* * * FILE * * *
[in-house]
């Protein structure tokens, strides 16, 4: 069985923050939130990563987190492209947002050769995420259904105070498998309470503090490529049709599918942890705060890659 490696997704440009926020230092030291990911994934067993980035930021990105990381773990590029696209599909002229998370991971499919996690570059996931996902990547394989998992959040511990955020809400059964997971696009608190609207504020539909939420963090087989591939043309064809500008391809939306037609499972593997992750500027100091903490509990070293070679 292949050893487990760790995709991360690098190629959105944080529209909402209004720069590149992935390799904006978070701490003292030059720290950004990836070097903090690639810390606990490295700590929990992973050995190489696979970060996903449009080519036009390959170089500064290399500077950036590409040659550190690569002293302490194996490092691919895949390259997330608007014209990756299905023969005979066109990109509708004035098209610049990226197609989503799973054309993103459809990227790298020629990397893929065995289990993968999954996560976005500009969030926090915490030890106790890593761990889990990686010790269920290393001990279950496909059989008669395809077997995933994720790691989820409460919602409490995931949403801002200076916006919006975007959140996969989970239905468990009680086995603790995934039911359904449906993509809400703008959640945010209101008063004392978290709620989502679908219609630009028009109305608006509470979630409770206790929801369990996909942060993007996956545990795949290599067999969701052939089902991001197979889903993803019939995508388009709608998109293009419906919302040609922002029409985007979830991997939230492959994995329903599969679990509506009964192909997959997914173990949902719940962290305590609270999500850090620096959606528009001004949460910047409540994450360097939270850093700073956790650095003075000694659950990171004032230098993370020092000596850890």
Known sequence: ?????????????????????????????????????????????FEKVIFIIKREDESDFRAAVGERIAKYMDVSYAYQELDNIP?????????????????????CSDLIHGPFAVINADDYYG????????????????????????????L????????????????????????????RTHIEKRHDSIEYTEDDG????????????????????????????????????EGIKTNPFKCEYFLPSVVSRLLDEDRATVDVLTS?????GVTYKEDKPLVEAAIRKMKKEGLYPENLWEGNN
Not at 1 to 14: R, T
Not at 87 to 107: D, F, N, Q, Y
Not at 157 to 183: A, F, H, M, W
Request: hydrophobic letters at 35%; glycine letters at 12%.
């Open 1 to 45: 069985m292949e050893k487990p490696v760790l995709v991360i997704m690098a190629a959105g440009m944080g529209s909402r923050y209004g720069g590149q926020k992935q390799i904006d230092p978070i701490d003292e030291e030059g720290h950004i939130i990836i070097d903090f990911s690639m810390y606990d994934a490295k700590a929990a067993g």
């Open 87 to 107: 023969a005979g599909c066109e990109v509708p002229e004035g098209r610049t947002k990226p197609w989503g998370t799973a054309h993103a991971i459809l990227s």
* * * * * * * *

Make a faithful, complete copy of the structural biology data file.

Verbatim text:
[in-house]
């Protein structure tokens, strides 16, 4: 069985923050939130990563987190492209947002050769995420259904105070498998309470503090490529049709599918942890705060890659 490696997704440009926020230092030291990911994934067993980035930021990105990381773990590029696209599909002229998370991971499919996690570059996931996902990547394989998992959040511990955020809400059964997971696009608190609207504020539909939420963090087989591939043309064809500008391809939306037609499972593997992750500027100091903490509990070293070679 292949050893487990760790995709991360690098190629959105944080529209909402209004720069590149992935390799904006978070701490003292030059720290950004990836070097903090690639810390606990490295700590929990992973050995190489696979970060996903449009080519036009390959170089500064290399500077950036590409040659550190690569002293302490194996490092691919895949390259997330608007014209990756299905023969005979066109990109509708004035098209610049990226197609989503799973054309993103459809990227790298020629990397893929065995289990993968999954996560976005500009969030926090915490030890106790890593761990889990990686010790269920290393001990279950496909059989008669395809077997995933994720790691989820409460919602409490995931949403801002200076916006919006975007959140996969989970239905468990009680086995603790995934039911359904449906993509809400703008959640945010209101008063004392978290709620989502679908219609630009028009109305608006509470979630409770206790929801369990996909942060993007996956545990795949290599067999969701052939089902991001197979889903993803019939995508388009709608998109293009419906919302040609922002029409985007979830991997939230492959994995329903599969679990509506009964192909997959997914173990949902719940962290305590609270999500850090620096959606528009001004949460910047409540994450360097939270850093700073956790650095003075000694659950990171004032230098993370020092000596850890």
Known sequence: ?????????????????????????????????????????????FEKVIFIIKREDESDFRAAVGERIAKYMDVSYAYQELDNIP?????????????????????CSDLIHGPFAVINADDYYG????????????????????????????L????????????????????????????RTHIEKRHDSIEYTEDDG????????????????????????????????????EGIKTNPFKCEYFLPSVVSRLLDEDRATVDVLTS?????GVTYKEDKPLVEAAIRKMKKEGLYPENLWEGNN
Not at 1 to 14: R, T
Not at 87 to 107: D, F, N, Q, Y
Not at 157 to 183: A, F, H, M, W
Request: hydrophobic letters at 35%; glycine letters at 12%.
């Open 1 to 45: 069985m292949e050893k487990p490696v760790l995709v991360i997704m690098a190629a959105g440009m944080g529209s909402r923050y209004g720069g590149q926020k992935q390799i904006d230092p978070i701490d003292e030291e030059g720290h950004i939130i990836i070097d903090f990911s690639m810390y606990d994934a490295k700590a929990a067993g």
């Open 87 to 107: 023969a005979g599909c066109e990109v509708p002229e004035g098209r610049t947002k990226p197609w989503g998370t799973a054309h993103a991971i459809l990227s």